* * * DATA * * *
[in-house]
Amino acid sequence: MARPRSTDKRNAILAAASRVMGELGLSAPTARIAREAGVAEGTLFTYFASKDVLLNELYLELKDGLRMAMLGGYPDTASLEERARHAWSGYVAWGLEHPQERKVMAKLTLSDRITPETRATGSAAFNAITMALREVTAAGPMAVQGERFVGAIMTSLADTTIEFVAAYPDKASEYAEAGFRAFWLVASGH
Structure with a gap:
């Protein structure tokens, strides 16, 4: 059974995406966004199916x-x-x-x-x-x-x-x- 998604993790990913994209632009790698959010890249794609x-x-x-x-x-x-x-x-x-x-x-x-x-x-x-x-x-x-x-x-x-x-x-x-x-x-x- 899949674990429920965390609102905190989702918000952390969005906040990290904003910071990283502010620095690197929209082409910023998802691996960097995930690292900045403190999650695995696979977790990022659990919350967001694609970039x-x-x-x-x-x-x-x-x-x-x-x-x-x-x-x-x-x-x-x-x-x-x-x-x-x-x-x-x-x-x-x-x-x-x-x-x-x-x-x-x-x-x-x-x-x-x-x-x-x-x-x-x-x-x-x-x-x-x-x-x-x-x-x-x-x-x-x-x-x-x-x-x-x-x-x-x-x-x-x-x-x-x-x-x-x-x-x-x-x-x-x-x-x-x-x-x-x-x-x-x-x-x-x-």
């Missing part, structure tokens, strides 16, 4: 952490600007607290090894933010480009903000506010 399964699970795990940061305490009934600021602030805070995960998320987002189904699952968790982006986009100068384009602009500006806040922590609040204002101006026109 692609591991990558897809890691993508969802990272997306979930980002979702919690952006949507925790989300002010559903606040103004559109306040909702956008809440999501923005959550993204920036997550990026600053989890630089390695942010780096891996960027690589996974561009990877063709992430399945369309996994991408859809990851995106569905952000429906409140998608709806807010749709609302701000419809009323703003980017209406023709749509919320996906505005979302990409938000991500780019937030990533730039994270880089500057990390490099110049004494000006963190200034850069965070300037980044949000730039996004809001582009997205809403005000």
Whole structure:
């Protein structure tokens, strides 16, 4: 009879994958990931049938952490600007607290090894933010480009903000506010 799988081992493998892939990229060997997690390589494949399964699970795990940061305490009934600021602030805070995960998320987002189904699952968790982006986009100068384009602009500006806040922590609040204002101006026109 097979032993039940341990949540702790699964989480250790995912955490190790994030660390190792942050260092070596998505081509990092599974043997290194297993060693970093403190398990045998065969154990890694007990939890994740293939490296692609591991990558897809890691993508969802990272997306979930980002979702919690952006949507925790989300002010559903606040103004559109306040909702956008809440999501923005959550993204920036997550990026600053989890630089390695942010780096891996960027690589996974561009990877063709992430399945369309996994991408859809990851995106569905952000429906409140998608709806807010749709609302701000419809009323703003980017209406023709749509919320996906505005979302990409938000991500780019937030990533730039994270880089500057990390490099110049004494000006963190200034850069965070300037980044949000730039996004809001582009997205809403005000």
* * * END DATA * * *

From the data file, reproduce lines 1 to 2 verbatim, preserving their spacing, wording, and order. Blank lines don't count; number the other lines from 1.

[in-house]
Amino acid sequence: MARPRSTDKRNAILAAASRVMGELGLSAPTARIAREAGVAEGTLFTYFASKDVLLNELYLELKDGLRMAMLGGYPDTASLEERARHAWSGYVAWGLEHPQERKVMAKLTLSDRITPETRATGSAAFNAITMALREVTAAGPMAVQGERFVGAIMTSLADTTIEFVAAYPDKASEYAEAGFRAFWLVASGH